‘General Practice–is in danger of going under!’

Junior doctors recently came out to defend the whole of the NHS – they were allowed to fight alone
Junior doctors recently came out to defend the whole of the NHS – they were allowed to fight alone

HELEN Stokes-Lampard, chair of the Royal College of GPs Council, the UK’s leading doctor, warned yesterday that General Practice is in danger of going under.

‘This will bring hospitals down very quickly too, because they will be completely inundated with patients and that’s a risk to the whole NHS.’ Britain’s leading GP said she is ‘profoundly concerned’ about how doctors will cope with demand over the busy winter period.

Dr Stokes-Lampard said some patients are already waiting two or three weeks to see GPs for matters such as suspect lumps or bleeding problems.

But if they wait three to four weeks ‘the non-urgent stuff may be becoming urgent,’ she warned. ‘With lumps or bleeding problems or things that could be signs of serious disease, my profound concern is that people will delay seeking help for things that could potentially be life-threatening or life-changing if they are not tackled swiftly.’

She went on: ‘As a service that is already skating on thin ice – a service that is stretched incredibly thinly – something has to give. Well, what do you do? If you’ve got to deal with people who are acutely sick on the day because people need help, then chronic disease management will disappear.’

Describing chronic disease management as ‘the most phenomenal success story of the NHS’, she added that her ‘big fear’ was that this would be affected ‘because we are too busy fire-fighting the urgent stuff’.

She said GPs want to do the best for the patients so it causes ‘enormous stress as well as fatigue in us when we are fire-fighting all the time’. She said the situation was getting worse because the service is ‘stretched even more thinly than ever’ due to a lack of funding over the last 10 years.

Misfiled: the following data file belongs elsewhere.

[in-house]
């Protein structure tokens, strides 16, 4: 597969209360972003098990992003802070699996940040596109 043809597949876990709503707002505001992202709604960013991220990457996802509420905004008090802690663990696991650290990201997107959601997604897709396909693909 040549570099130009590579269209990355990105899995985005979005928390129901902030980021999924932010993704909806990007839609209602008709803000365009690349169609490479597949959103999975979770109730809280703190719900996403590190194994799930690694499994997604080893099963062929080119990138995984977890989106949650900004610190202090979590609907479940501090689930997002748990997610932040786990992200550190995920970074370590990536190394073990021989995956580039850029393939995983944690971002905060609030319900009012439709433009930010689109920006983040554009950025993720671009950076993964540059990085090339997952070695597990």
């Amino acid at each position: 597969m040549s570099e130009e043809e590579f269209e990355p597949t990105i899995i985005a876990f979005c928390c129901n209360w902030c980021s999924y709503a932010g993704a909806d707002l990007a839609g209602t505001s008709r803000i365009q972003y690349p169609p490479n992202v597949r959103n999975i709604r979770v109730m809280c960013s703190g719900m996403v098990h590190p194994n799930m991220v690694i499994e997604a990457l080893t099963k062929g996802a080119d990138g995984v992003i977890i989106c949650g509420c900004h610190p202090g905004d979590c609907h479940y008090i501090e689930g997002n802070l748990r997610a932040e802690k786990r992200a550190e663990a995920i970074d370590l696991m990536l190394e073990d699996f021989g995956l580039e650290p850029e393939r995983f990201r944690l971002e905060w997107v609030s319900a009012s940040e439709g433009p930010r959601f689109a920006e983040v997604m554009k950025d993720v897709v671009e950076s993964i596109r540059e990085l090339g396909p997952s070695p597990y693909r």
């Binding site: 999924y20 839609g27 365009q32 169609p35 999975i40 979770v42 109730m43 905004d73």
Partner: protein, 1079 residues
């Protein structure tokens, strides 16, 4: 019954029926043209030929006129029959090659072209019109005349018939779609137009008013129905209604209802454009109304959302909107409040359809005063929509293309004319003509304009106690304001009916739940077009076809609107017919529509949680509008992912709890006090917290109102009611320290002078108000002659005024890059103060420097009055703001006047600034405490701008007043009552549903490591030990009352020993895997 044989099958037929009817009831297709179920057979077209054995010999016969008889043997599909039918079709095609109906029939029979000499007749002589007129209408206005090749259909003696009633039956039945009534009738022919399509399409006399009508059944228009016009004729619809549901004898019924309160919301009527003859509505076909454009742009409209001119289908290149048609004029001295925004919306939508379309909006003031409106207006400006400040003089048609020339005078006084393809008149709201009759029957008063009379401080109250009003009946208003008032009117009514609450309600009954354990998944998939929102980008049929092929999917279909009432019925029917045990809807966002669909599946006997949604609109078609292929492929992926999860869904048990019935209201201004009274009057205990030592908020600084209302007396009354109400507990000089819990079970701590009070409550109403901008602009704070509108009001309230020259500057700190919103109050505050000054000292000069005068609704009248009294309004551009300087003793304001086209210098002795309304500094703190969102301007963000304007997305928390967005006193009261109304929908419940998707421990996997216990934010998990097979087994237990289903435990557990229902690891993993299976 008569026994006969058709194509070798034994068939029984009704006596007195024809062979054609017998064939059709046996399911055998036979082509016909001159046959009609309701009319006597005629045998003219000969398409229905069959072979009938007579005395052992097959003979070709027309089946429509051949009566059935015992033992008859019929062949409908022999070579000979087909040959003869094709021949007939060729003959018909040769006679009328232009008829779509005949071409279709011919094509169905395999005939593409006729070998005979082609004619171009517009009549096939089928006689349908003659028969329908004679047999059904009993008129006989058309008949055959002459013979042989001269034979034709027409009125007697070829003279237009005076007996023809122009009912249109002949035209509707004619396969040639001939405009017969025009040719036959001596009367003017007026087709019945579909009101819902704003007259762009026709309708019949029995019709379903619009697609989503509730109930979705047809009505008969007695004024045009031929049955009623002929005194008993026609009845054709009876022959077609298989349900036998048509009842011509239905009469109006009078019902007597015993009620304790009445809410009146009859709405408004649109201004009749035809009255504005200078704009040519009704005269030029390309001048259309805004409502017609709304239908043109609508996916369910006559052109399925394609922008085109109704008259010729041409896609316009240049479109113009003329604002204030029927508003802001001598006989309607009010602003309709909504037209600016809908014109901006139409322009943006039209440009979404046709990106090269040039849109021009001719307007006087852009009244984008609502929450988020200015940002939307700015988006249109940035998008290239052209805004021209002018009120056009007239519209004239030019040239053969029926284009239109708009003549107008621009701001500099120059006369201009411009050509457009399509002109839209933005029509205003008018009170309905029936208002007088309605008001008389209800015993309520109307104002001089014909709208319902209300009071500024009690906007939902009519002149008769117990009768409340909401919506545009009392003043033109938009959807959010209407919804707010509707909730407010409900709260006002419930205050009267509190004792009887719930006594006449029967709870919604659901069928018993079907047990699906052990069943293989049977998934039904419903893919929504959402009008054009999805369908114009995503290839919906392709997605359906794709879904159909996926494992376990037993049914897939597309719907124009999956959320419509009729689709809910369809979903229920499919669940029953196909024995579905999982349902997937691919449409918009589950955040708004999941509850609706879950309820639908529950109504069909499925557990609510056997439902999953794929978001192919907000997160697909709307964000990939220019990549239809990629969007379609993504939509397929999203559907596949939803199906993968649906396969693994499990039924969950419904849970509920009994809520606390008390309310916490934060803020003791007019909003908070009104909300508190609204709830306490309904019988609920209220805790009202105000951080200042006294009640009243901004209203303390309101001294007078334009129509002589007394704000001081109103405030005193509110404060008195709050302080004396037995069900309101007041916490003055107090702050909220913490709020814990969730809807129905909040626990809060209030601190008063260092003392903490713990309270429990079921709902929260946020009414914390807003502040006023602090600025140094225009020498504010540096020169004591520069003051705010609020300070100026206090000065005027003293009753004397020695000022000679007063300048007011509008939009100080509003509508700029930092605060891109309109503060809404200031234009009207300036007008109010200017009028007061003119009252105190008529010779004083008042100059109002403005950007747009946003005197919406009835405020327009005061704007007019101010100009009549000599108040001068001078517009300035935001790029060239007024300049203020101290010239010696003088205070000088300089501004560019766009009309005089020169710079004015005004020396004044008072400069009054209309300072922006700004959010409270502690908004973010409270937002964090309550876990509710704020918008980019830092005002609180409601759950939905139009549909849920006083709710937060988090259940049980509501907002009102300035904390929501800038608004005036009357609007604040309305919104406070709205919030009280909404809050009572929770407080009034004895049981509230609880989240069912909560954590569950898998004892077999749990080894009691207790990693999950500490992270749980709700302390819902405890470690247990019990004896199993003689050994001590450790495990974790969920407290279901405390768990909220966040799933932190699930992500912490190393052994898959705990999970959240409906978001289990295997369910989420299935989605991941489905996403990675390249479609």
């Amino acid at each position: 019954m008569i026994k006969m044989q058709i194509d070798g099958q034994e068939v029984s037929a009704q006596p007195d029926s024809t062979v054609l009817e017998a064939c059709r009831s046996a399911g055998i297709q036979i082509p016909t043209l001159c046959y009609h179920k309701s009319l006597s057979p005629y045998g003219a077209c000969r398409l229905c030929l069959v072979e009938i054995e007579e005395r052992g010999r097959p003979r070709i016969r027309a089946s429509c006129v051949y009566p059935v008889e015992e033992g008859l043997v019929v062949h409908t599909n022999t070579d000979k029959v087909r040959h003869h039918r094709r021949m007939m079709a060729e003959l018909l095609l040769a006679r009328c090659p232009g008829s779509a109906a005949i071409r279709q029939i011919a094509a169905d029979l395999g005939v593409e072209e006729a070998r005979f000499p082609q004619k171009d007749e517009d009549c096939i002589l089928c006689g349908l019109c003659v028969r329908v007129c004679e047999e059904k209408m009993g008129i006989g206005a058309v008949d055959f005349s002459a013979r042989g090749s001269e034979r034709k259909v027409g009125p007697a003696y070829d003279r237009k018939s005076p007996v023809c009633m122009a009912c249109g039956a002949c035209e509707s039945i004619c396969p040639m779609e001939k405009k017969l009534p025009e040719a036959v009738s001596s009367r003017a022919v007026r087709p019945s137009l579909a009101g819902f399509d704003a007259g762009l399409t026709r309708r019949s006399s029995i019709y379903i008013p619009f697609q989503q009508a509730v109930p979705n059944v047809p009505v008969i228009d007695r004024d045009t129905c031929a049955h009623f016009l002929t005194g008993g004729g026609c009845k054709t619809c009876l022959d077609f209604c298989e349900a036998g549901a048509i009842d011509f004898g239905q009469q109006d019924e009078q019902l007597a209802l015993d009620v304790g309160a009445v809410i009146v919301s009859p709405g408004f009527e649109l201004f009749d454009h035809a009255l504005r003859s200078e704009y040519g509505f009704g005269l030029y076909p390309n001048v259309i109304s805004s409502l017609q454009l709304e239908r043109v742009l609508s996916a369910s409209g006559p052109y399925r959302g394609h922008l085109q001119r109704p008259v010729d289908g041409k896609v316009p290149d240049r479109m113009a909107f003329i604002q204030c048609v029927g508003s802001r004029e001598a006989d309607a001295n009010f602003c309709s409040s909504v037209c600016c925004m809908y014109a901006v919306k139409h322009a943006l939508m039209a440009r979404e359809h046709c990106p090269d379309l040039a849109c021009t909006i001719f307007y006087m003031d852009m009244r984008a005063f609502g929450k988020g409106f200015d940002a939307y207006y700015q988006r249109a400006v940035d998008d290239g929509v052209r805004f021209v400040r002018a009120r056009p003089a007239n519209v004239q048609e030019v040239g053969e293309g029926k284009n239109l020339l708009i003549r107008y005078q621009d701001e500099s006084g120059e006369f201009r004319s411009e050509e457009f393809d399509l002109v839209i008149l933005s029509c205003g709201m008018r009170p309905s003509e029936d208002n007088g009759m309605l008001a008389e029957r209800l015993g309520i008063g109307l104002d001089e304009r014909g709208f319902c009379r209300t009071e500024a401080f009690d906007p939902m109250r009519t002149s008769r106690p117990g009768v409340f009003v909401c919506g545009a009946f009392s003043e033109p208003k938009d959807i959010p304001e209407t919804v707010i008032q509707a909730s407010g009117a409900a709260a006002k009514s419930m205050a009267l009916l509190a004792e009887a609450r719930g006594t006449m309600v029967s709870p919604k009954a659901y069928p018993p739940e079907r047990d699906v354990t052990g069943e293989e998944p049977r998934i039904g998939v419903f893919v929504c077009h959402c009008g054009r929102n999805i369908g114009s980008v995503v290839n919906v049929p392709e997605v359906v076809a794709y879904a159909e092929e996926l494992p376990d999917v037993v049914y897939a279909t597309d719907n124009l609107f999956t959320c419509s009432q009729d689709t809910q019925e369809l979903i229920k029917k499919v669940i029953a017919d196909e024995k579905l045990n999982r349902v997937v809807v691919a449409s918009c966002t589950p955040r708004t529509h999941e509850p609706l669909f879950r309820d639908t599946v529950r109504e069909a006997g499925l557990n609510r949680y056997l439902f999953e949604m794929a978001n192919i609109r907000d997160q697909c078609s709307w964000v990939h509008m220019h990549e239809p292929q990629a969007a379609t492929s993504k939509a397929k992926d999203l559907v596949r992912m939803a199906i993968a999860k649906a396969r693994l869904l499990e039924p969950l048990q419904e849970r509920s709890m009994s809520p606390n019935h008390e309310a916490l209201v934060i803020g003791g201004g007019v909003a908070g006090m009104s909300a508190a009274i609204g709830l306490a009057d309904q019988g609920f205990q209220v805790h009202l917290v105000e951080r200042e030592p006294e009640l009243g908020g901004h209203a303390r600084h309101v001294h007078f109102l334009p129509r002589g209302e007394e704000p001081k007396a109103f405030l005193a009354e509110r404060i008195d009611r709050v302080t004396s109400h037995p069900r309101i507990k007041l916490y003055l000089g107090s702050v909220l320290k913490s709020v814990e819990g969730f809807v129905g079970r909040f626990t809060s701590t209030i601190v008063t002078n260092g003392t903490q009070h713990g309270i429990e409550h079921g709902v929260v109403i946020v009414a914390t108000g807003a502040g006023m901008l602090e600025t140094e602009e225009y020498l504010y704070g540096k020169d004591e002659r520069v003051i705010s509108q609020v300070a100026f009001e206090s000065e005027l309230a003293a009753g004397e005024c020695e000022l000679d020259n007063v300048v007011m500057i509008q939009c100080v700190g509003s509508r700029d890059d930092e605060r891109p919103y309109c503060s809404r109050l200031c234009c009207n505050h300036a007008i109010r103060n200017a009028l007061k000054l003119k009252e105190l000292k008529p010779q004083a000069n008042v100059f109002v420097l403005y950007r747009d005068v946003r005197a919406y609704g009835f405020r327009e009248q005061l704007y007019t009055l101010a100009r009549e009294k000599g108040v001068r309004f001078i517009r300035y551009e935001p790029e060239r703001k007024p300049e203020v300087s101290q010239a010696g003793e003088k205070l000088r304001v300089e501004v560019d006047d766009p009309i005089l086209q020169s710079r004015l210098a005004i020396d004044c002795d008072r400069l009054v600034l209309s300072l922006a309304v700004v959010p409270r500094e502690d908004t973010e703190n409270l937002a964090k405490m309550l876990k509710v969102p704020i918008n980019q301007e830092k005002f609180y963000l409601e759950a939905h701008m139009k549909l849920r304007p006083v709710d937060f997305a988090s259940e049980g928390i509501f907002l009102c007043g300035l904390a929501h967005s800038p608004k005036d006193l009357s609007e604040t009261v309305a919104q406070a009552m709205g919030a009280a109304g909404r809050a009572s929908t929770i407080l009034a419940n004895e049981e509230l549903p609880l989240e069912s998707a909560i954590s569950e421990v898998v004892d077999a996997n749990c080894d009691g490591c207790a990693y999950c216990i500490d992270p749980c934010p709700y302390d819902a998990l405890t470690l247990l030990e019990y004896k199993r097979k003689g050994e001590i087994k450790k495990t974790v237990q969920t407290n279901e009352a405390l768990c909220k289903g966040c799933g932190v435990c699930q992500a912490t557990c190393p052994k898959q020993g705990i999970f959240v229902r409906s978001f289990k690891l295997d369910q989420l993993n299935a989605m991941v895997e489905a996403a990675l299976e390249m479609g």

Responding to the RCGPs warning that general practice is ‘skating on thin ice’, Dr Chaand Nagpaul, BMA GP committee chair, said: ‘In a climate of inadequate funding and severe GP shortages where one in three practices have unfilled vacancies, it is sadly no surprise that practices are struggling to cope and patients are facing unacceptable waits to see their GP. 

‘GPs are working flat-out to keep up with rising demand, and are often forced to squeeze care into an insufficient time frame and deliver an unsafe number of consultations, in some cases seeing 40-60 patients a day. In a recent BMA survey, eight out of 10 GPs felt that workload pressures are affecting the quality and safety of the care they provide. General practice cannot be allowed to continue being run into the ground.’

Dr Richard Vautrey, BMA GP Committee deputy chair, said: ‘We have to ensure that the funding that has been identified as urgent and needed by the NHS and the government, is delivered. It must be delivered in an urgent way and isn’t delivered over a longer period of time that would ultimately lead to more practices closing and more patients losing out and potentially even longer waiting lists for access to a GP for a routine appointment than we already have today.’

He added: ‘Ten years ago we used to have ten-and-a-half per cent of NHS budget spent on general practice, now it’s down to less than eight per cent. It might not sound a lot in real terms but it makes a big difference to general practice services.’